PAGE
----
Children, Obey Your Parents

Ephesians 6:1-3


Audio Version

Children, this is a sermon especially for you. I hope that you always listen and try to understand what is being done and what is being said in the worship service. If you listen hard enough, you will hear things that are eternal life for you. But today, since Paul is talking directly to you, I will also speak directly to you.

The first thing I want to say here is that even though you might not particularly like what Paul says here, there is something here for you that I think you will like: isn’t it wonderful that Paul is in fact talking directly to you? Did you children know that in Paul’s day, the father had the power to kill his children if they disobeyed him? Children were not usually seen as good things by the world at that time. However, Paul here sees children as a beautiful thing. That’s why we read Psalm 127 at the beginning of this service. Children are a blessing from the Lord. Paul thinks of you as so important to what he’s trying to do, that he feels the need to talk to you directly. You should be amazed at this. Don’t forget that it is not just Paul talking here. It is God Himself, the King of Kings and Lord of Lords, who is talking to you. How special would you feel if the President of the United States came up to you and shook your hand and started talking with you about what you like to do? I would hope that any of us would feel that it was a great privilege. Then what a greater privilege it is that God Himself has chosen to speak with you, and give you the most important thing in your life right now: obey your parents.

Now, you may be thinking right now: Oh, man, that’s the last thing I want to hear right now! The pastor was going good, making me feel great, and then he has to go spoil it by talking about obedience! Maybe some of you have parents who are fond of saying this verse to you all the time. Maybe you are tired of hearing about it. But that doesn’t change the fact that this is what God says to you. Again, if the President of the United States came up to you, and talked with you, and then gave you a command, would you do it? I would hope you would jump to do it. All the more then with the King of the Universe.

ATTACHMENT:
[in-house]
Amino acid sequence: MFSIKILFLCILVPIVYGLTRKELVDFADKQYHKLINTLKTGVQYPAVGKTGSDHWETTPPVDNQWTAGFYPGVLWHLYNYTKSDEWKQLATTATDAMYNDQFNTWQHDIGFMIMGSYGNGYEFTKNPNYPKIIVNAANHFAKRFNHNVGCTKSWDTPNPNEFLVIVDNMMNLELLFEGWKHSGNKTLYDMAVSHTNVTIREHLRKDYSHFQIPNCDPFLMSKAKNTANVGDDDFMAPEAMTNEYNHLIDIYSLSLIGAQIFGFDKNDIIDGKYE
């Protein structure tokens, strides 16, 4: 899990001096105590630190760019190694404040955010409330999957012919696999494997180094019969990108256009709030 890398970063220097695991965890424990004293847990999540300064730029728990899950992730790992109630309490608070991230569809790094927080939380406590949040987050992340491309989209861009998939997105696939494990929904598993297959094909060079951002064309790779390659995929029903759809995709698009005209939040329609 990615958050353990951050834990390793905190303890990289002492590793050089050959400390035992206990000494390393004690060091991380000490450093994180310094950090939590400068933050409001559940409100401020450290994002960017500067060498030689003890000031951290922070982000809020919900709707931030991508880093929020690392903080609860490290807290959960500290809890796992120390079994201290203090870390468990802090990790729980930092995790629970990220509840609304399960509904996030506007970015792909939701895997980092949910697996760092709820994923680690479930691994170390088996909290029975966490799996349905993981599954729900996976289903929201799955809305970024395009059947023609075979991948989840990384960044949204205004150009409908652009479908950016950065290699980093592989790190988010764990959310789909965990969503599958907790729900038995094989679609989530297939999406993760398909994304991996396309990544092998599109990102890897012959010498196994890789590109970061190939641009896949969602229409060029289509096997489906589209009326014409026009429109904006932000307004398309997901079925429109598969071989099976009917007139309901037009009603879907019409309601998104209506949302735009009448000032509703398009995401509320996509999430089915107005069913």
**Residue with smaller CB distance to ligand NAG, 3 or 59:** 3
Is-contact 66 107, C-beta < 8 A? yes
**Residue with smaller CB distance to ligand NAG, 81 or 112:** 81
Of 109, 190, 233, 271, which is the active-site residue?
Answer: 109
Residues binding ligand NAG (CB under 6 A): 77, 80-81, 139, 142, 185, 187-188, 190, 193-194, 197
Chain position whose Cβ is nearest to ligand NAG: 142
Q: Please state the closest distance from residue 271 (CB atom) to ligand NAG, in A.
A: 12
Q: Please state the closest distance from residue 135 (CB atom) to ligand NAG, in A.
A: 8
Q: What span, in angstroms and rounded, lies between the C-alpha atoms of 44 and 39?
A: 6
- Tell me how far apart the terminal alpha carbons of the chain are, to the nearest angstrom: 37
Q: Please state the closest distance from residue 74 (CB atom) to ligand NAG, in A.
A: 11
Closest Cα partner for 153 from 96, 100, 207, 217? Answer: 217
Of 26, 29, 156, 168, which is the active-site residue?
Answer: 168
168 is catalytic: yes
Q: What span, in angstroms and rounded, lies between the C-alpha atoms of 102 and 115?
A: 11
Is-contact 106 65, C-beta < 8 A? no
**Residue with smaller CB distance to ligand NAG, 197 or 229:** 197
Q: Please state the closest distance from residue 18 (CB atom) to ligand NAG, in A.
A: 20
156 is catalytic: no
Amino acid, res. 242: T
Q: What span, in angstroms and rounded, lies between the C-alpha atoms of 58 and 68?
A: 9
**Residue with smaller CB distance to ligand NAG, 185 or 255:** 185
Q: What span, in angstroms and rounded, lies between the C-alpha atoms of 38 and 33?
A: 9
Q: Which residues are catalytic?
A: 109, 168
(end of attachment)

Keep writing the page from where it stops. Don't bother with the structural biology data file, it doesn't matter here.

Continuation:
All right, then, what exactly does God tell you to do? He gives you two commands, really. The first is to obey. You need to do what your parents tell you to do. It may not be something you feel like doing, such as doing the dishes, or taking out the garbage, or cleaning up your room. But because God is telling you to do this, you should say to yourself, “When my parents tell me to do something, it is really God telling me to do it.” Your parents represent God to you. We all know that our parents are not perfect. Some parents look a lot more like Jesus Christ than some other parents. But as long as your parents are not asking you to sin, then you are required to obey them.

There are some ways of doing things that may seem like obedience, but really are not. For instance, you should not grumble and argue and complain when you are outwardly obeying your parents. I remember that this was a particular temptation to me when I was a child. My mother would tell me to do something, and I would grumble and complain about it. But I had no reason to grumble. I just grumbled because I felt like it. Do all things without grumbling or complaining. That is exactly what Philippians 2:14 says, “Do all things without grumbling or arguing.” In other words, our obedience to our parents is a matter of the heart. You cannot just obey your parents on the outside, when the only thing you are thinking about on the inside is how much you hate doing the dishes, or cleaning up your room, or going to bed when you would rather stay up. Obedience means knowing that this is the right thing for you to do. This is what God commands. Rejoice, then, that you have the opportunity to obey your parents, and by so doing, obey God.